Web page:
- Timing: When I bought my condo in 2010, real estate values were low due to the recession. I was fortunate enough to have a stable job and felt comfortable purchasing a home.
- Flexibility: My unit was located in my preferred neighborhood, but I compromised on square footage and didn’t purchase in a newly-built condominium to save money.
Paying off my mortgage in two years required discipline, but it changed my life forever. After I reached my goal, I had so much additional money to save and invest.
Action Item: If you’re carrying any type of debt, focus on the hard work and flexibility success factors. Can you find any opportunities to earn extra money? That’s the hard work part of it. And could you be more flexible by cutting back on spending? That way, you would have more money to put toward paying off your debt.
4. Started saving for retirement early
Success factors: Hard work, timing, flexibility
Once I established a healthy emergency fund in my early 20s, I began to focus more on investing. To be clear, this was after my two years of working for just $10 an hour.
I didn’t start saving for retirement in a significant way until I was 25 years old. That was the same year that I began prepaying my mortgage.
My employer at the time offered a generous 401(k) match. My total contribution was 13% of my salary. But I didn’t stop there. I also contributed to a Roth IRA.
Once I paid off the mortgage at age 27, I was able to really increase my net worth quickly. Since I no longer had a mortgage payment, I maxed out my 401(k) and Roth IRA for several years in a row.
According to retirement scenarios that I run using Personal Capital’s free tools, I’m now in pretty good shape.
In fact, I’ve saved enough for retirement that I no longer need to keep making contributions if I keep working until I’m 65. However, my plan is to continue making contributions so that I can retire at 40 or 45 if I want to.
Key Takeaway: Invest early and often. Try to contribute up to your company’s 401(k) match, even if it hurts a little. After all, that’s free money! It’s hard to think about retirement in your 20s, but it’s so important to invest and take advantage of compound interest. Have retirement savings automatically taken out of your paycheck.
5. Reduced materialism and embraced minimalism
Success factors: Timing, flexibility
If you grew up like me, you were well cared for but weren’t showered with gifts unless it was your birthday or Christmas. As a child, I remember that was a bit frustrating at times. The other children in school always seemed to have more “stuff.”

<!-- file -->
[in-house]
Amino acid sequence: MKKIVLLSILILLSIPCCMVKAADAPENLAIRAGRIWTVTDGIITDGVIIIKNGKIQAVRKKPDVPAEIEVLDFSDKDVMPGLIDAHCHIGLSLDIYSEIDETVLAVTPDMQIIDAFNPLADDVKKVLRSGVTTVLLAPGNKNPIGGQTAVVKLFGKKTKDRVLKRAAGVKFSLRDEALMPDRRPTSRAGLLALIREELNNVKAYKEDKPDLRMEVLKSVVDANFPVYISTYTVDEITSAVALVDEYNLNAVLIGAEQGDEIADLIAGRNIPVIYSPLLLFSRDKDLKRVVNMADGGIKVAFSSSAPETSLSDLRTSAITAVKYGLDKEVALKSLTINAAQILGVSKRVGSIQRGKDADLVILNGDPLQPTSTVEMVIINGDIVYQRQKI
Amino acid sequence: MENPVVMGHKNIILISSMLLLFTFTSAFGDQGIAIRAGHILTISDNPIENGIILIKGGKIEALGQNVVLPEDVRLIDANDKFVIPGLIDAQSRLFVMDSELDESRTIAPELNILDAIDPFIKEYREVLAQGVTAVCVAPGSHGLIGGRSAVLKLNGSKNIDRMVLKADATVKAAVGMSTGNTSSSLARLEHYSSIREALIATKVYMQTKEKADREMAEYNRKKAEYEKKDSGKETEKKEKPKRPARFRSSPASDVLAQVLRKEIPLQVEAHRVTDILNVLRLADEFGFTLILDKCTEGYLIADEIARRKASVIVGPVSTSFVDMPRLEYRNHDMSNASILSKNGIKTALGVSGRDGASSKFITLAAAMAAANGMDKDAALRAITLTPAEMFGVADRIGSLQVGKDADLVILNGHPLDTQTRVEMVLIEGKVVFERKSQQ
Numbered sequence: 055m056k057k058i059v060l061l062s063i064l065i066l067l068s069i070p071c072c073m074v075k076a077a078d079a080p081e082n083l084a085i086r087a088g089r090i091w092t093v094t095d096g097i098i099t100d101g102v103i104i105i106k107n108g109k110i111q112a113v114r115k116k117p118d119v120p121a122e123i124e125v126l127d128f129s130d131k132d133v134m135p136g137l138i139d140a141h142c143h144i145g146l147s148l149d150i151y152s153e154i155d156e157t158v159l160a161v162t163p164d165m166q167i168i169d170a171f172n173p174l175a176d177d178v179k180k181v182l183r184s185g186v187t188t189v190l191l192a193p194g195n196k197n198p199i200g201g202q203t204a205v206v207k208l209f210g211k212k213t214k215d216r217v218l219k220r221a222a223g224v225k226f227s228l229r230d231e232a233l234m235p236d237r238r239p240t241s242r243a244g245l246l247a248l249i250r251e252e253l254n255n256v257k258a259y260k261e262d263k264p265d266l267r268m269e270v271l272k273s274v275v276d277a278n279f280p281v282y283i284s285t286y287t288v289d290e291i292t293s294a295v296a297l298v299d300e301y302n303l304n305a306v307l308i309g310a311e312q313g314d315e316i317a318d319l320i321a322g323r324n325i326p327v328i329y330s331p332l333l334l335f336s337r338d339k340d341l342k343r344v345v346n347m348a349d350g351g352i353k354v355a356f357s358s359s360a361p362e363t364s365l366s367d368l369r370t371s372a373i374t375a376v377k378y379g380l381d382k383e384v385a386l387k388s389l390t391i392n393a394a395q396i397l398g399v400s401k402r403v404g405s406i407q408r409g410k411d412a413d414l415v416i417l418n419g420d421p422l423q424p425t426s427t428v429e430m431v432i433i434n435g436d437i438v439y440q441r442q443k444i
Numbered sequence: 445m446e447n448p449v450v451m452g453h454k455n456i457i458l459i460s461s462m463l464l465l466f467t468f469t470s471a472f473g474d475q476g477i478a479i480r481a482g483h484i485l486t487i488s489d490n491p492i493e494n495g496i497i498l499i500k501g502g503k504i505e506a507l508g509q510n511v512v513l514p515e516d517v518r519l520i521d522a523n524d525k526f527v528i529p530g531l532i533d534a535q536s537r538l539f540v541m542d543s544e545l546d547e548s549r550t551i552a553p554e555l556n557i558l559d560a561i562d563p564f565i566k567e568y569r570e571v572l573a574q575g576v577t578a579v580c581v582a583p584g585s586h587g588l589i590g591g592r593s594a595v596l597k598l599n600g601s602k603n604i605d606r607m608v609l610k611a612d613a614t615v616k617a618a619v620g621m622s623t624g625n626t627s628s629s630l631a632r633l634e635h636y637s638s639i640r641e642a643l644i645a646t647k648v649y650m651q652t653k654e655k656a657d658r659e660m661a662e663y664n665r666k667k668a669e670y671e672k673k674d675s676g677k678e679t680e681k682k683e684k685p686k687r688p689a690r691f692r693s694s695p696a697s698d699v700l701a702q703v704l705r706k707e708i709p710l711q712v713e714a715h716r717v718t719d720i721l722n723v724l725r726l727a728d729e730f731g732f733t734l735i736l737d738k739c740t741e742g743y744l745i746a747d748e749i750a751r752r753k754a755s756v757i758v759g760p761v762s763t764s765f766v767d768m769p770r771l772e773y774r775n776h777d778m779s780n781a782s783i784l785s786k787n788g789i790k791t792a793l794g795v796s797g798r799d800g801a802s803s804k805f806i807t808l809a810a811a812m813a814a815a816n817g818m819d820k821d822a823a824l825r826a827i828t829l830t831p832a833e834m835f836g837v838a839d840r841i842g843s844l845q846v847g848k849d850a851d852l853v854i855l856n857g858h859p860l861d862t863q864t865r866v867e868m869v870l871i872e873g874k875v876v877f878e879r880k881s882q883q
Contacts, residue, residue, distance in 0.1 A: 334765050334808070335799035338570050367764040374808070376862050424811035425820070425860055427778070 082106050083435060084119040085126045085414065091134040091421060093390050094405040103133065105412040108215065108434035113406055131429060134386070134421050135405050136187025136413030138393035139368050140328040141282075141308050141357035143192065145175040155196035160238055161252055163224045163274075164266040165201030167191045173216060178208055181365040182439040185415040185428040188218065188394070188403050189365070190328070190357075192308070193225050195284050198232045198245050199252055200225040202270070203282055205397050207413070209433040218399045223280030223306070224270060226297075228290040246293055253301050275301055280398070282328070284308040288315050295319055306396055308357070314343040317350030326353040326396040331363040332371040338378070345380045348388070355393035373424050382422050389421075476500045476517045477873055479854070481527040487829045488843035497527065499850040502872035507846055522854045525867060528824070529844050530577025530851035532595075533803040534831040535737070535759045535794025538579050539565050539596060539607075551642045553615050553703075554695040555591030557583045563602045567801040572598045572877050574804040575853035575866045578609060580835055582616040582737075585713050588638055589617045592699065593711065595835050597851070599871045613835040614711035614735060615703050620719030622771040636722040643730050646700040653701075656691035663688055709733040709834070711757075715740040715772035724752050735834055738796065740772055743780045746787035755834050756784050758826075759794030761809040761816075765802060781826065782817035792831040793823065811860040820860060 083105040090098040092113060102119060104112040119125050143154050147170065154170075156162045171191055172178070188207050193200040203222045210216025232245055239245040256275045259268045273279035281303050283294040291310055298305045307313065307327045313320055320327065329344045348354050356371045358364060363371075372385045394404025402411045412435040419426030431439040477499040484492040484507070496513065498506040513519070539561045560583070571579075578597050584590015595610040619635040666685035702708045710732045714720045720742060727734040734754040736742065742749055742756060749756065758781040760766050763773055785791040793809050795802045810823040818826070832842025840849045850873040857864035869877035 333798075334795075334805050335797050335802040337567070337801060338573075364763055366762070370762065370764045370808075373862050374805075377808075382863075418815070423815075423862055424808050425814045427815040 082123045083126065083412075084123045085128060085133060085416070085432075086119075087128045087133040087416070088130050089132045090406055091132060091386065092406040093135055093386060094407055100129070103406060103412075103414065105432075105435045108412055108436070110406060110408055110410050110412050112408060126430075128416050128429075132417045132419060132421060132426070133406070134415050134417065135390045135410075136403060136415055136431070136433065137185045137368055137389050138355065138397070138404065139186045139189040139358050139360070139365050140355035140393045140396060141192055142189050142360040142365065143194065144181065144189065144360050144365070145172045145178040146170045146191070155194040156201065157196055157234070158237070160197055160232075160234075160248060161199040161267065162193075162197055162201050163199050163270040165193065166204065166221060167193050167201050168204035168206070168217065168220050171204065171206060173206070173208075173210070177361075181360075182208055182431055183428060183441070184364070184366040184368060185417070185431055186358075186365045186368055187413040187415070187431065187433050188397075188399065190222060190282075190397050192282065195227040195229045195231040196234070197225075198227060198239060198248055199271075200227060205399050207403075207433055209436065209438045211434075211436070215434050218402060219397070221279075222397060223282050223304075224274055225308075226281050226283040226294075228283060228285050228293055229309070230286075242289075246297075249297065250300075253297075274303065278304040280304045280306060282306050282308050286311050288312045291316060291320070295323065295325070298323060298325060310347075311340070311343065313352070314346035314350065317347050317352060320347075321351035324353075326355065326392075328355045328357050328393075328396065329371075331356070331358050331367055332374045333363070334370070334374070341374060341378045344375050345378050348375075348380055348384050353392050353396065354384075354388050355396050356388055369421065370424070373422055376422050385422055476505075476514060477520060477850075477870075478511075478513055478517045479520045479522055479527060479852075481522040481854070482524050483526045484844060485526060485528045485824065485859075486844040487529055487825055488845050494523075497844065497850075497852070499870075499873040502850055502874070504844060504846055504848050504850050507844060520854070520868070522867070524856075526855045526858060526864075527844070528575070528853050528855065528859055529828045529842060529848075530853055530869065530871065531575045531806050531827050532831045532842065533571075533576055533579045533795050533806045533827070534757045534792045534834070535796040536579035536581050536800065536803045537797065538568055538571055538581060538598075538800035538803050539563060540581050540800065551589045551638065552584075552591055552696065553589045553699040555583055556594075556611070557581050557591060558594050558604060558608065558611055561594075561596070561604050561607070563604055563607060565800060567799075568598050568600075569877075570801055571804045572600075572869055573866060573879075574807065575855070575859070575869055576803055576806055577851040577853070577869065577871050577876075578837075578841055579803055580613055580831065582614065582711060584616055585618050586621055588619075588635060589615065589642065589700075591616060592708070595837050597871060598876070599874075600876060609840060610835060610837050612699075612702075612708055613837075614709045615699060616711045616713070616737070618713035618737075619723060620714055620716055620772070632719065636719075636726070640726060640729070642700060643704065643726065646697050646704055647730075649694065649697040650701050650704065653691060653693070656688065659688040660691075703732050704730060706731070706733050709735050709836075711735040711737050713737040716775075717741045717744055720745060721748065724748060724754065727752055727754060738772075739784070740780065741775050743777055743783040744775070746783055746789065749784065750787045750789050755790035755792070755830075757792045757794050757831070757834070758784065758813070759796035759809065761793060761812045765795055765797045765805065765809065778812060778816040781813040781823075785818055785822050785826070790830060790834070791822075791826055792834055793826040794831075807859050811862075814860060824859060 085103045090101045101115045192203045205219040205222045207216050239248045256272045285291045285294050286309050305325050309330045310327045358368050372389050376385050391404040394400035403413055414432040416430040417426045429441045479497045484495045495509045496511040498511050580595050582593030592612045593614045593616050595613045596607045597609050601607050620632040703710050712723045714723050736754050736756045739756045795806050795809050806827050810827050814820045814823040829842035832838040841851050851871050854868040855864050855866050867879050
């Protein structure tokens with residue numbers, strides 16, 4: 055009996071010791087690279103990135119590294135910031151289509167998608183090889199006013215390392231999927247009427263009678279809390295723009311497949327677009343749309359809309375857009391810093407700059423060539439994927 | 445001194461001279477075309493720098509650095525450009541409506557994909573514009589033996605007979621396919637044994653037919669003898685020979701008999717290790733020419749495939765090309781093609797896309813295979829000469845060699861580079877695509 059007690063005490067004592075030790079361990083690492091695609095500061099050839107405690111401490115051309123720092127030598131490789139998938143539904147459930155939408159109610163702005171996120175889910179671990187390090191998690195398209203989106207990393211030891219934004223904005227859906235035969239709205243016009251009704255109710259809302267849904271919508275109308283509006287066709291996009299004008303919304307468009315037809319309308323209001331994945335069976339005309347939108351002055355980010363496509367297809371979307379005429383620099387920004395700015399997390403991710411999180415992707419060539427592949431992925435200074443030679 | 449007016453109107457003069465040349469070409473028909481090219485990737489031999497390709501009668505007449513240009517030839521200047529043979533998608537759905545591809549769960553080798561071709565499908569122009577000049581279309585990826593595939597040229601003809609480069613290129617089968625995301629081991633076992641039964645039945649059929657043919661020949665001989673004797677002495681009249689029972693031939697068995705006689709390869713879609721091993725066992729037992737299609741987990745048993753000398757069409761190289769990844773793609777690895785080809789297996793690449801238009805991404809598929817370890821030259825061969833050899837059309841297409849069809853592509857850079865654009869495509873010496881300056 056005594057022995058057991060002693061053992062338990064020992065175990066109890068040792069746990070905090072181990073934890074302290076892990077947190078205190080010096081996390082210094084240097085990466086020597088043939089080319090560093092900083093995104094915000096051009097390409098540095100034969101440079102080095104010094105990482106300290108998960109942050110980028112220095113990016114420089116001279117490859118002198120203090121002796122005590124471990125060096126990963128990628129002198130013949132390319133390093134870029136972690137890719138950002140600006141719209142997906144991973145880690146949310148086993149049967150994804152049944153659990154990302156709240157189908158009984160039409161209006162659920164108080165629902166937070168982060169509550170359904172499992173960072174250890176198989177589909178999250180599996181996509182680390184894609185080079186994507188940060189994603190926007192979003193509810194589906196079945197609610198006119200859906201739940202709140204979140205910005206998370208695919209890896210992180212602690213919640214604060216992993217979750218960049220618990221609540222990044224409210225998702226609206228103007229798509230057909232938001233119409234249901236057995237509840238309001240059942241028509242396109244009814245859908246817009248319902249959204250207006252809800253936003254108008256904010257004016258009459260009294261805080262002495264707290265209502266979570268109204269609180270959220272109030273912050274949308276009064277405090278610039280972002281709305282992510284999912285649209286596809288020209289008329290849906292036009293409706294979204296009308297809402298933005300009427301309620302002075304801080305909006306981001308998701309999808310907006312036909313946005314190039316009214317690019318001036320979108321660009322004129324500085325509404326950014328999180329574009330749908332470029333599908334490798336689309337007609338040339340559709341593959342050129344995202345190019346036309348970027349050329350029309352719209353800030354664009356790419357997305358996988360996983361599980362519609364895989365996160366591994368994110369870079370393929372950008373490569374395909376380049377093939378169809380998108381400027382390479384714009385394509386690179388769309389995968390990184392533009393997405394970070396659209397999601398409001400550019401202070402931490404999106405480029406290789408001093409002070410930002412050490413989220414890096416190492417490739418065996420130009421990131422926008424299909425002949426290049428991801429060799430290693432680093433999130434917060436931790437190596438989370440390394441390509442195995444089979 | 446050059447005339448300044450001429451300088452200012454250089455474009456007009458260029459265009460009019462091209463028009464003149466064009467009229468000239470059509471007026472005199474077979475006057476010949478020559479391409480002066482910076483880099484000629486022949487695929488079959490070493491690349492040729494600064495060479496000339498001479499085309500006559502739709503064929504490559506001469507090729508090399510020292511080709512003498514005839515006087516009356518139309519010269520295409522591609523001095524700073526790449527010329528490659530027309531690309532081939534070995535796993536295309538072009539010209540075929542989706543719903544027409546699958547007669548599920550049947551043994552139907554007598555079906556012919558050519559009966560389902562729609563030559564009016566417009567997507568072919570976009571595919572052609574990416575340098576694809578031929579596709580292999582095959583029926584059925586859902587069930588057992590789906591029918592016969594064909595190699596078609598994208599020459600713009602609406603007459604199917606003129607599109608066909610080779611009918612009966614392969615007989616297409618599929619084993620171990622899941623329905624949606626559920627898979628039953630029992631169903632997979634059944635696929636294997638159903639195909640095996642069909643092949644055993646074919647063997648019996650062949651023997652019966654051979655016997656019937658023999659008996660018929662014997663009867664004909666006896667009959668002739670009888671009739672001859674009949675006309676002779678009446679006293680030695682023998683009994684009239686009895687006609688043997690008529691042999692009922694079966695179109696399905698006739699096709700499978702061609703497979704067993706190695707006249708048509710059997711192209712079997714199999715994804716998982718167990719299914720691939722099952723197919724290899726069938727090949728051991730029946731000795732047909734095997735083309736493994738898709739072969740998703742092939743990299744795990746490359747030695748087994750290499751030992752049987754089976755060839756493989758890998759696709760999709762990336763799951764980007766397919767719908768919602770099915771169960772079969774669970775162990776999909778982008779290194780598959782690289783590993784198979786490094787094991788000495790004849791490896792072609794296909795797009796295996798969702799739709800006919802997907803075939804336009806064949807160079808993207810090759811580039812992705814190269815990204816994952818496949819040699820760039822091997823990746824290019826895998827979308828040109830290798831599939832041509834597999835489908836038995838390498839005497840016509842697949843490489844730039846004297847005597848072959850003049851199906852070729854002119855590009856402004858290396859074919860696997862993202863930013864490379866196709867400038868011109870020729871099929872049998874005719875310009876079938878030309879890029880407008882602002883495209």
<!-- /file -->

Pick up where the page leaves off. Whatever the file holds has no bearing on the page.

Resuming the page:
But now that I’m an adult, I’m so thankful that I was raised that way. It’s probably one of the main reasons why I’m not a materialistic person and don’t really care what others think about it.
When I started living on my own, I always made sure that I had the necessities to survive. However, I didn’t obsess over having the latest brand-name clothing, newest technology or a fancy car.
I am a minimalist. To me, it has always made more sense to spend money on experiences like a dream beach vacation or something simple like sharing a meal with close family and friends.
If you’re familiar with my budgeting method, you already know that I check in with my budget before making a purchase. For major transactions, I’ll also take a moment to ask myself these questions:
- Is this a want or a need?
- If it’s a want, will it really make me happy?
Retail therapy is dangerous for your finances. Buying more “stuff” may elevate your mood for a few hours, but it won’t do anything to address underlying anxiety and depression that many shopping addicts experience.
As you read through this article, you may have noticed how one life choice led to another. For example:
- Graduating college with no student loan debt put me in a position to save money at an early age.
- Moving up the career ladder enabled me to buy a home.
- Paying off that home early freed up more money in my budget for investing.
But things have not been perfect. I’ve faced personal and professional challenges just like anyone else, but I’ve been open to making adjustments along the way.
I always have a Plan A, Plan B, Plan C and so on. You must roll with the punches and not get discouraged.
As you think about your own personal finance journey, remember the three success factors that I’ve referenced throughout this article: hard work, timing and flexibility. Now, ask yourself this:
- Hard work: Can I work harder or smarter to improve my situation?
- Timing: Am I using time to my advantage? Is this even a good time in my life to try to do this?
- Flexibility: Can I reach my goals faster by making lifestyle changes?
If you’re trying to build wealth fast, I hope that you found this article useful. Have any questions or tips of your own to share? Leave them in the comments section below!
More Content From MichaelSaves.com:
- Best Rewards Credit Cards: My Top 5 Picks
- How I Paid Off My Mortgage in 2 Years
- How to Use the Google Sheets Budget Template